High-Energy Physics Computing Traineeship for Lattice Gauge Theory (LGT4HEP)


Computing plays an increasingly important role in pushing the boundaries of our ability to understand high-energy physics. Within computational science, lattice field theory has been an essential driving force in high-performance computing since the 1980s and will continue to push the boundaries of computing in the 21st century. There is an urgent need to develop the workforce in computational lattice field theory, particularly with the imminent availability of exascale computing and the emergence of new computing architectures. Underrepresentation of minority groups in physics is even more acute in this area, a situation the proposed traineeships will help improve in the near future.

Traineeship Managers

University investigators:

Huey-Wen Lin, Michigan State University (Principal Investigator); Alexei Bazavov, Michigan State University; Thomas Blum, University of Connecticut; Zohreh Davoudi, University of Maryland College Park; William Detmold, Massachusetts Institute of Technology; Aida X. El-Khadra, University of Illinois Urbana-Champaign; Ethan Neil, University of Colorado Boulder (co-Investigators).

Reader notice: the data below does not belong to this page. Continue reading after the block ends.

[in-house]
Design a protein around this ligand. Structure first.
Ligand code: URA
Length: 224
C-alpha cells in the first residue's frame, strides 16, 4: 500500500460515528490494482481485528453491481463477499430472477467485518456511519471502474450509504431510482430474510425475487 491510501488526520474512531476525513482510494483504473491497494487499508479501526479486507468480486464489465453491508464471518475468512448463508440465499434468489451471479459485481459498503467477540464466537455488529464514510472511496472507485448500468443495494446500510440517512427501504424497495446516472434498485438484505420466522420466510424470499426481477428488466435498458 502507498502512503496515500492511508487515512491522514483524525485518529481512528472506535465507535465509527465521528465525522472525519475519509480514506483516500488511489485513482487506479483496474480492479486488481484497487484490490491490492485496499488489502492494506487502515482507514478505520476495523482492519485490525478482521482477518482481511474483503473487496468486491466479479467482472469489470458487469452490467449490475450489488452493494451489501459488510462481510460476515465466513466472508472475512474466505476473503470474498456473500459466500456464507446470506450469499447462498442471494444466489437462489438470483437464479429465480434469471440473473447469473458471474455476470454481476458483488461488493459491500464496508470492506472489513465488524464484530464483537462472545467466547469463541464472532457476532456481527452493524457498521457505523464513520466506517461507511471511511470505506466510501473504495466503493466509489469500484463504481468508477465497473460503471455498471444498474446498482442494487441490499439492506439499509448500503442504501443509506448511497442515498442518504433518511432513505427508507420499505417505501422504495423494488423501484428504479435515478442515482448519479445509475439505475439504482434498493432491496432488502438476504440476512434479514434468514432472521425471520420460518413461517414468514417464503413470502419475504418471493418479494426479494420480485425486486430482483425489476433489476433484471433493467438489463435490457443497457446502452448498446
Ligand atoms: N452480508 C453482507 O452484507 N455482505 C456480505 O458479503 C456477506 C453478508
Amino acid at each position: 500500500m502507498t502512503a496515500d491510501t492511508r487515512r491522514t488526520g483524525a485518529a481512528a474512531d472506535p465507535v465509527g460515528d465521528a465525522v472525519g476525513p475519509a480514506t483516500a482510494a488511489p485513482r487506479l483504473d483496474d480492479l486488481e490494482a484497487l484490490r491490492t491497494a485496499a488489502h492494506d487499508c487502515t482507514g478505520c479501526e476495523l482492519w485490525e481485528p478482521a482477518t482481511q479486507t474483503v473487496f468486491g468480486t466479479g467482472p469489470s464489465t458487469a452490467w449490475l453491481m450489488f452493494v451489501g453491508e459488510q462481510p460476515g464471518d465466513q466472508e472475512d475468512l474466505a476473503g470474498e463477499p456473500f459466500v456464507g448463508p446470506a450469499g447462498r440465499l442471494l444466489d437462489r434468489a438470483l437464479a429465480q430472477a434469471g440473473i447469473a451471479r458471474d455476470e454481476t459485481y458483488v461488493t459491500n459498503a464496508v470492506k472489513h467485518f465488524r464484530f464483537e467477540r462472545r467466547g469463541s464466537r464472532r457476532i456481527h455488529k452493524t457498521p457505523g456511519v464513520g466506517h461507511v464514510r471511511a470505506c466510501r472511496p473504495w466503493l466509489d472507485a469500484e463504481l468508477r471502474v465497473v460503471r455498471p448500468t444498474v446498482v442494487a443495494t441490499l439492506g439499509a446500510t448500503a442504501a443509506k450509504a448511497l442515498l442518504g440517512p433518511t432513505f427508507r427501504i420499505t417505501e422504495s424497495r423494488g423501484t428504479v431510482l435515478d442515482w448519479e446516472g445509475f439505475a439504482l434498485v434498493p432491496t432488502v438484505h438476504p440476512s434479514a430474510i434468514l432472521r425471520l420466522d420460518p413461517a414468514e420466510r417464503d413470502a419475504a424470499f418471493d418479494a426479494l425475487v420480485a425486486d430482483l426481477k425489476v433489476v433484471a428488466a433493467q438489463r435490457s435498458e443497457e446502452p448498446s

Labs investigators:

Andreas Kronfeld, Fermilab; Chulwoo Jung, BNL (co-Investigators); Peter Boyle, BNL (collaborator)

More Details

This traineeship program will involve multiple institutions within the nationwide USQCD Collaboration and leverages existing USQCD resources and collaborative networks. Training will be performed within the partnership institutions, focusing on hands-on programming experience. Students from high-energy physics, computational science, and related fields will be able to take dedicated computing courses to obtain a rigorous, broad, and deep understanding of these topics and gain valuable hands-on experience. The program has the following key objectives:


Students will learn about computing technologies in hardware-software co-design, collaborative software infrastructure, and high-performance software and algorithms. Non-research skills, such as project management and scientific communication will be covered.

Hands-on high-performance computing training:

Following coursework, students will be paired with research mentors at national laboratories or DOE-supported facilities, where they will be able to apply their skills to a research project and access state-of-the-art supercomputers.

The program coursework will be assessed by independent review of course materials and a panel to assess student progress and program outcomes. The overall effectiveness of the program will also be assessed using intake and exit surveys by students. Lattice field theory is becoming increasingly important in enabling potential high-impact discoveries in high-energy physics, and there continues to be a need for large-scale state-of-the-art computation in many aspects of research. Therefore, a dedicated traineeship program like the one proposed here will accelerate the development of the next generation of computationally-savvy workforce in high-energy physics.


This traineeship is sponsored by DOE HEP Computing traineeship.